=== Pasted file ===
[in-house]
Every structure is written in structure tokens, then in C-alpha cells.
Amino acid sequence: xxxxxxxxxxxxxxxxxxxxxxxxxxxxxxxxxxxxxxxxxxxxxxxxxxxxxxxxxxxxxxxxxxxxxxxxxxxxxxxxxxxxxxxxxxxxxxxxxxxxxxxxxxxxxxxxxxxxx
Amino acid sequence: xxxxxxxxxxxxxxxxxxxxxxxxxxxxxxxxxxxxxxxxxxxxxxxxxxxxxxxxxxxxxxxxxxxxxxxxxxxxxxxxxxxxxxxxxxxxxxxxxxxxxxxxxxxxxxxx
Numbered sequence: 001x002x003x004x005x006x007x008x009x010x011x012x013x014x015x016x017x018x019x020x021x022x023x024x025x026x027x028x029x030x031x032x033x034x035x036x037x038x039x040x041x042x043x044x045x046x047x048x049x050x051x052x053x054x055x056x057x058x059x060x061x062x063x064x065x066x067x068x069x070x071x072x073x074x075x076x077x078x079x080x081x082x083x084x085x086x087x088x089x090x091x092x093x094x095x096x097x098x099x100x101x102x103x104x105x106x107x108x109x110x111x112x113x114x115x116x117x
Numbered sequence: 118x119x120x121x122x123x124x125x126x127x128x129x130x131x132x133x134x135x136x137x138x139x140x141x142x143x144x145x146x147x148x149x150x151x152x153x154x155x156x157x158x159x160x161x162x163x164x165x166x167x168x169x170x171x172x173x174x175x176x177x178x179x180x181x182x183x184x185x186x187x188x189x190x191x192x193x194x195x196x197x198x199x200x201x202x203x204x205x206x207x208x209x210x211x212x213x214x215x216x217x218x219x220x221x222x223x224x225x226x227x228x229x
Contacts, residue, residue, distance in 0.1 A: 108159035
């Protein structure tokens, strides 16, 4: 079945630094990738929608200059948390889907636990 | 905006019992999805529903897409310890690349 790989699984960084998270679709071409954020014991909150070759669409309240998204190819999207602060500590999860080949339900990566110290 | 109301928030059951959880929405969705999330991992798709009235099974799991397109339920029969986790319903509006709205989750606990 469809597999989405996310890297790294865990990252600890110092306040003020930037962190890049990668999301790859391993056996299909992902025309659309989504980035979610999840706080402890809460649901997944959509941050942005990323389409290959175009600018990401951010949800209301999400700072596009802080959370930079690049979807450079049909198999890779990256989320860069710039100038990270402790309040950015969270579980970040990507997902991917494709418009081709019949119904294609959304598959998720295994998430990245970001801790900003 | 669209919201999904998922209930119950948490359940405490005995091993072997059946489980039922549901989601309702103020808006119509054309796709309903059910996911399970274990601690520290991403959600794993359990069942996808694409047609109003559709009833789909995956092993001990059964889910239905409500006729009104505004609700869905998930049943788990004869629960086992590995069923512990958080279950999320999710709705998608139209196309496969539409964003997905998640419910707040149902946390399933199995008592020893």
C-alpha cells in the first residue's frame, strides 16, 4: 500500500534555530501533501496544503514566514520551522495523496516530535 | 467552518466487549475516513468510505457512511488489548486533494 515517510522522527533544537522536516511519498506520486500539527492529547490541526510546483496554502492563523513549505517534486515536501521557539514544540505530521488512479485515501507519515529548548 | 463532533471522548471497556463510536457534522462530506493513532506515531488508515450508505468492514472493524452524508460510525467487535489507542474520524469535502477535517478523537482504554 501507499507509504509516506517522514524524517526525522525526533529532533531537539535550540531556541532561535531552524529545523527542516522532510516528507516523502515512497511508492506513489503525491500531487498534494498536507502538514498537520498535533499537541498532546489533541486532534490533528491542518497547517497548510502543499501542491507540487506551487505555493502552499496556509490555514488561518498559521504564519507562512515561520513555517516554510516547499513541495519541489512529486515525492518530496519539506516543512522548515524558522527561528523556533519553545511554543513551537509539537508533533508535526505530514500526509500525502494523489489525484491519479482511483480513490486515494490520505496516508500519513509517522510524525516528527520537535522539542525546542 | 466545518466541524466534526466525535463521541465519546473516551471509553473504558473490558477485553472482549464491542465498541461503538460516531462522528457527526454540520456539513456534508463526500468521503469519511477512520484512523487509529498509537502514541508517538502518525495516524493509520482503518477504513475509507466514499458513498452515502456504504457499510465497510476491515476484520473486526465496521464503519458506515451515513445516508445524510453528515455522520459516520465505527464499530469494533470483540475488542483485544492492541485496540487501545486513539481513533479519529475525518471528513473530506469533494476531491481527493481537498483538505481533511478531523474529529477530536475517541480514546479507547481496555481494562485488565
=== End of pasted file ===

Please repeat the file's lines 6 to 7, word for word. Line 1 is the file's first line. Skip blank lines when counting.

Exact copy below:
Numbered sequence: 118x119x120x121x122x123x124x125x126x127x128x129x130x131x132x133x134x135x136x137x138x139x140x141x142x143x144x145x146x147x148x149x150x151x152x153x154x155x156x157x158x159x160x161x162x163x164x165x166x167x168x169x170x171x172x173x174x175x176x177x178x179x180x181x182x183x184x185x186x187x188x189x190x191x192x193x194x195x196x197x198x199x200x201x202x203x204x205x206x207x208x209x210x211x212x213x214x215x216x217x218x219x220x221x222x223x224x225x226x227x228x229x
Contacts, residue, residue, distance in 0.1 A: 108159035